Hundreds bid farewell to billionaire Sammy Ofer in TA

Shipping tycoon, 89, spent final weeks embroiled in controversy over allegedly selling tanker to Iran; died of unnamed illness.

Sammy Ofer funeral 311 (photo credit: Ben Hartman)
Sammy Ofer funeral 311
(photo credit: Ben Hartman)
Hundreds of relatives, colleagues, and loved ones gathered at Tel Aviv’s Trumpeldor Cemetery on Sunday to bid farewell to Israeli billionaire shipping magnate Sammy Ofer, who passed away on Friday at age 89 following a long battle with an unnamed illness.
Ofer left behind his wife Aviva, his sons Eyal and Idan, eight grandchildren and a great-granddaughter.
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Idan Ofer spoke of his father as a gracious man and a pioneering businessman, and spoke warmly of spending Shabbat afternoons with him at his office, before he broke down in tears and his brother Eyal finished his speech for him.
Eyal said his father went into the shipping business “with the dream of owning a boat. He had the talent to lead and to create a feeling of security among those who followed him – he never bought their loyalty.” He added that his father, who had an estimated net worth of $10.3 billion, “never forgot where he came from” and always lived as a modest man.
The crowd at the central Tel Aviv cemetery included members of Israel’s business elite and current and past politicians like Former Prime Minister Ehud Olmert and Tel Aviv Mayor Ron Huldai. There was also a noticeable contingent of officers from the Israel Navy’s elite “Shayetet 13” unit wearing their dress whites to pay respect to a man who had for years paid for the college educations of former Shayetet 13 fighters.
Many of the speakers seemed to have a defensive tone when eulogizing Ofer, who along with his sons became the subject of heavy controversy after a US State Department nam\ed Ofer Brothers, which Sami founded with his brother Yuli in the 1950s, as one of seven companies to face sanctions for trading with Iran. The State Department accused the company of selling an $8.65 million tanker to Tehran last September in violation of international sanctions.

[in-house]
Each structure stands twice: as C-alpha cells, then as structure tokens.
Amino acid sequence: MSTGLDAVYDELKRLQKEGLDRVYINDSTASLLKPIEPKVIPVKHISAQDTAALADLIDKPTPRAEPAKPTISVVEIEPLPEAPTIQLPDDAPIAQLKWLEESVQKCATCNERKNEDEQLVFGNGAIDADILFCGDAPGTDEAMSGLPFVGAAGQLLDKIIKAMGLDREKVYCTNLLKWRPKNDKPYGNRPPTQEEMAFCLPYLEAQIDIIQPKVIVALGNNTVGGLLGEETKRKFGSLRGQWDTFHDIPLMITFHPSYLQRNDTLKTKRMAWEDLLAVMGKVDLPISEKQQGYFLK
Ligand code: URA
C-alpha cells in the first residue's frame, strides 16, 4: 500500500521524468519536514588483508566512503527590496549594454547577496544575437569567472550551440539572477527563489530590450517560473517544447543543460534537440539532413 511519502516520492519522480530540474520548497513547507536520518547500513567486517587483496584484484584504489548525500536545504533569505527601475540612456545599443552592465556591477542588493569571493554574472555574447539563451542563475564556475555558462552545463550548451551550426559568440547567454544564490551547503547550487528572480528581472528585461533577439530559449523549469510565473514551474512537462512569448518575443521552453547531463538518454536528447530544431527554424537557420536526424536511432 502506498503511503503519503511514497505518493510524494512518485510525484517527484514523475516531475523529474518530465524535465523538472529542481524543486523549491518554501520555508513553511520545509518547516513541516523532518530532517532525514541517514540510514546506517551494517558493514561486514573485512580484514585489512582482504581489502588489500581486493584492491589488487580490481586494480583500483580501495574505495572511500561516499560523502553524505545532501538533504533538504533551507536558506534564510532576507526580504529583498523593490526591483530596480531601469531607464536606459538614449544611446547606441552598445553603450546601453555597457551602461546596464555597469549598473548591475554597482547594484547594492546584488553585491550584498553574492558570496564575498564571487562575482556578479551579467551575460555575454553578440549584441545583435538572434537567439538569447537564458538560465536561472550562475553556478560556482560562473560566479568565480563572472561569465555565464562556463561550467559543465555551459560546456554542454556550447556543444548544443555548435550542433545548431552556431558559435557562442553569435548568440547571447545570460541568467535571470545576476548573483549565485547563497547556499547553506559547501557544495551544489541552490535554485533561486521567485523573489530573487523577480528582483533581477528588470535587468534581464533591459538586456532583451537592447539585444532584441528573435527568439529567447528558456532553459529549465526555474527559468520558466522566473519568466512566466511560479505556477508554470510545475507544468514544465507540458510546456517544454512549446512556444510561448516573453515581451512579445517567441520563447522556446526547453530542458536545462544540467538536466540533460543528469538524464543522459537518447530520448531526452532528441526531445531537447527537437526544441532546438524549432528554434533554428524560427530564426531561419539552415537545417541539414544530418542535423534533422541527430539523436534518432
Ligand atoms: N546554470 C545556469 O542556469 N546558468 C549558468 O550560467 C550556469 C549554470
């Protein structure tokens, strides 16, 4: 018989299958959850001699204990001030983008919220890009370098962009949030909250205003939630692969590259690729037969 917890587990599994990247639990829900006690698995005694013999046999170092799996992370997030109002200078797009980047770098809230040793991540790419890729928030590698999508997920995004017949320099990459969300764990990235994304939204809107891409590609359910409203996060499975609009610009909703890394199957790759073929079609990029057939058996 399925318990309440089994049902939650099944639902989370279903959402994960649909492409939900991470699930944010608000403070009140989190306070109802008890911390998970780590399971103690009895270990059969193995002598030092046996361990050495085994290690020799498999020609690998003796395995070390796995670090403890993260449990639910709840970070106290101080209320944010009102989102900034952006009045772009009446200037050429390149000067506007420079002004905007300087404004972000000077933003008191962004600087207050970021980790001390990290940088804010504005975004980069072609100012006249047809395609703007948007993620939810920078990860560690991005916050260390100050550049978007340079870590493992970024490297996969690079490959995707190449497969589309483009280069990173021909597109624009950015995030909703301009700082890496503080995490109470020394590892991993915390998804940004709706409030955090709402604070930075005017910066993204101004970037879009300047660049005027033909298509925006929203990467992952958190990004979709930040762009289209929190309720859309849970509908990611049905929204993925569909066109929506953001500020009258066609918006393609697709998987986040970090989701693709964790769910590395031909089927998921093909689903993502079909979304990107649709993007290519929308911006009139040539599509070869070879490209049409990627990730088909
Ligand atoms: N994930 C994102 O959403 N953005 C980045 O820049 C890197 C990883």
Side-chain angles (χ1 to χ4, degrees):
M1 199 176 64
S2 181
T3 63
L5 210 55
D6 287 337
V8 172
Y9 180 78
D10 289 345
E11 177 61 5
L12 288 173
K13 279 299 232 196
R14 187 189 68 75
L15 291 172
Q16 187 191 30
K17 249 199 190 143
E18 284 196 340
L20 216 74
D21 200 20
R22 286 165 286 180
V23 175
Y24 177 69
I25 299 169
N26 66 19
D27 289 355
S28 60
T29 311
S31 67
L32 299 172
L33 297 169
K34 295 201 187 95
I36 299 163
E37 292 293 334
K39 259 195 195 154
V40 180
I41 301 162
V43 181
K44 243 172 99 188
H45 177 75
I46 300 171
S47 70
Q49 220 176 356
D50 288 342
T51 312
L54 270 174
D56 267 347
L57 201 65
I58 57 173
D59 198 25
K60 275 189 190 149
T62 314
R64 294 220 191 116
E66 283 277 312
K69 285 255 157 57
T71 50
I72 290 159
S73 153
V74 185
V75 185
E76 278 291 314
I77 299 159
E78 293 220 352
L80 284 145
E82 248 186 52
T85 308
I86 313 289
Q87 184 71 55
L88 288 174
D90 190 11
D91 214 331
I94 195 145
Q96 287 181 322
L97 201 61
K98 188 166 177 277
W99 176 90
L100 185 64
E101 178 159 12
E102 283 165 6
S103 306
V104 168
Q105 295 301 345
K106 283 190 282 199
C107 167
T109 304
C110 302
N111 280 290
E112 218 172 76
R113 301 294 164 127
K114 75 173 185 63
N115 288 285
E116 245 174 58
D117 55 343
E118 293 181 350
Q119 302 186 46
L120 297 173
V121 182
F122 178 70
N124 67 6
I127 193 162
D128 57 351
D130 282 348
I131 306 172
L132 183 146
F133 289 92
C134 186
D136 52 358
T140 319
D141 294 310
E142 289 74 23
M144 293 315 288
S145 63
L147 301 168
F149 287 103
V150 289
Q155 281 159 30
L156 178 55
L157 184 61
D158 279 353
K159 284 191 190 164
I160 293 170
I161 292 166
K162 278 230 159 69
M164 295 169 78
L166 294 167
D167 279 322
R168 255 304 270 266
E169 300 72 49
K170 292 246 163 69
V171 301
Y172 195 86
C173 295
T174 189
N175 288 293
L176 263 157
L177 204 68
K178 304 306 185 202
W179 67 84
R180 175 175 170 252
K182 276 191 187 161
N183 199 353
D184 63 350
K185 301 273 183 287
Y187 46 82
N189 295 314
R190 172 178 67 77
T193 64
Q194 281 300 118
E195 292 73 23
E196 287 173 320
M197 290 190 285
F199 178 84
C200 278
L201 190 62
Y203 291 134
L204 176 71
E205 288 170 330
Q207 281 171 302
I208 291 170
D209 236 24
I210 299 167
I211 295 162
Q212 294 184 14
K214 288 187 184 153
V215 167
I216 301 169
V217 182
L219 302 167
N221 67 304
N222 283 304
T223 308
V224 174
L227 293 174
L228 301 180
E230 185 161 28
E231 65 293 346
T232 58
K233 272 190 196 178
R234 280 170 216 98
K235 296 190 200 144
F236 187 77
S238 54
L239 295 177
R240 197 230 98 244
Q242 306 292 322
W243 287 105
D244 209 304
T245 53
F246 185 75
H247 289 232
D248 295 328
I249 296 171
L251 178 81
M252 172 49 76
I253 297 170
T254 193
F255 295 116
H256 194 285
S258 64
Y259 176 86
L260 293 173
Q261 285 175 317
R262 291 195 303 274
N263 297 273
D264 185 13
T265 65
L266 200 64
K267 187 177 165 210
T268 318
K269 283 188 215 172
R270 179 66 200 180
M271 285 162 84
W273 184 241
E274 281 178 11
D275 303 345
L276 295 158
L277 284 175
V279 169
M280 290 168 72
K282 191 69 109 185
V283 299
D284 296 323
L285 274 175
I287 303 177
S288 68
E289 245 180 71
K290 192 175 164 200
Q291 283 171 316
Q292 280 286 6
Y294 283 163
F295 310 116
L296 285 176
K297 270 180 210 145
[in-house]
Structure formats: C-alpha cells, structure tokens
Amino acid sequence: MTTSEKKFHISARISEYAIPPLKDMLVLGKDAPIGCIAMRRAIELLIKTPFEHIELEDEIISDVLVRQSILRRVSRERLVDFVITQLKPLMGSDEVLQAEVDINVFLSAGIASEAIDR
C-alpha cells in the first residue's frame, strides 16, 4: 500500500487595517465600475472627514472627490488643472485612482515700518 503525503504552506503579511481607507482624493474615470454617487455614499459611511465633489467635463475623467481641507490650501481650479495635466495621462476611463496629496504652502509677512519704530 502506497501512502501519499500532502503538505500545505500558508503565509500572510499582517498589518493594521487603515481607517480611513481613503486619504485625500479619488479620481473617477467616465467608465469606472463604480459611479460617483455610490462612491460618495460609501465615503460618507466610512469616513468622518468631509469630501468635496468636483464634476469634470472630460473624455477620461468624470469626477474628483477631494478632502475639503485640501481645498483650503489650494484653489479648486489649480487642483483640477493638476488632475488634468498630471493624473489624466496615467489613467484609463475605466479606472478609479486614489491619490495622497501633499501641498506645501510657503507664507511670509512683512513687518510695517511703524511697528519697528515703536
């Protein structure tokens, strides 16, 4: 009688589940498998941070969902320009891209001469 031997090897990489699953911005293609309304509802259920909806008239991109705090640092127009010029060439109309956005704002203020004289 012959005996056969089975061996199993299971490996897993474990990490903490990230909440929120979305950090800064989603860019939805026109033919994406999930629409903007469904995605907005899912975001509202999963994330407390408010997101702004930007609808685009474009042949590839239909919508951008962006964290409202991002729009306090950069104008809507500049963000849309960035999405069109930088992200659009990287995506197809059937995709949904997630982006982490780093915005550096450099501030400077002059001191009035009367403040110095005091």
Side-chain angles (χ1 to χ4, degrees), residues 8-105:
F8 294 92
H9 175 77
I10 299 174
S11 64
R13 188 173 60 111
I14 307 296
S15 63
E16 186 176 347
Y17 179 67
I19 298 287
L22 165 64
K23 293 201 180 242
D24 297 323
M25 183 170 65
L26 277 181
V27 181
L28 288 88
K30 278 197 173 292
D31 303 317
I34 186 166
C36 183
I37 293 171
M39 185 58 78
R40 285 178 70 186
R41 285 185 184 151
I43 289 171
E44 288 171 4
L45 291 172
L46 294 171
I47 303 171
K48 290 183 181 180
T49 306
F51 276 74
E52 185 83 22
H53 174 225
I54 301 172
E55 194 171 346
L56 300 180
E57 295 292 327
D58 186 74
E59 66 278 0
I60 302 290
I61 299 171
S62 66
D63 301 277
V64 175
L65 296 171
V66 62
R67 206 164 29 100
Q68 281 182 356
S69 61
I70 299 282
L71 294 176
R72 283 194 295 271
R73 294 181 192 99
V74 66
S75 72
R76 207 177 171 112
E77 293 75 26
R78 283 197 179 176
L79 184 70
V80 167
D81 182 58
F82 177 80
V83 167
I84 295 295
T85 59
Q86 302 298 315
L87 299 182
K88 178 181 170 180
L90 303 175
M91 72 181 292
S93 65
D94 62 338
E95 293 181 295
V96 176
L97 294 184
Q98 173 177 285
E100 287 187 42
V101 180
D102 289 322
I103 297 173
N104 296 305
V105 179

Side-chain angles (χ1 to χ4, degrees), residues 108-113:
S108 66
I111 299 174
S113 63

The Ofer family has denied that the company, one of the world’s largest in the shipping industry, was guilty of any wrongdoing but the “Ofergate” allegations dominated headlines in Israel in the final days of Ofer’s life.
The media circus kicked into high gear after a meeting at the Knesset Economics Committee on the scandal was halted live on television when committee chair MK Carmel Shama-Hacohen (Likud) received a mysterious note, the contents of which have not been disclosed. That incident, as well as the statement last week by former Mossad Chief Meir Dagan that the Ofer’s alleged dealings with Iran were “being exaggerated” led to speculation that the shipping firm was working in cahoots with Israeli intelligence against Iran.
Perhaps owing to the recent controversy surrounding the family, nearly every eulogizer Sunday spoke of what they described as distortions in the media, meant to blemish a man they said was a model Zionist and a humble and charitable man of great wealth.
These included Colonel (Res.) Eli Glickman, head of the Israel Electrical Corporation and the former commander of Shayetet 13.
Glickman said he came to pay his respects on behalf of Shayetet 13 and the “hundreds of fighters who received tuition for their college degrees [from Sami].” Glickman said that Ofer was “more proud of his connection to Shayetet 13 than anything else”, and that he had told him that “one of the things that brought him back to Israel following his business dealings abroad was the fighters of Shayetet 13.”
Ofer was born Shmuel Hershkovitz in Galantz, Romania in 1922 and immigrated to Israel with his family in 1924. During World War II he served in the Royal Navy and then later in the Israeli Sea Corps during the 1948 War of Independence. He went into the shipping business following the war and bought his first ship in 1950 and continued to expand his company throughout his life.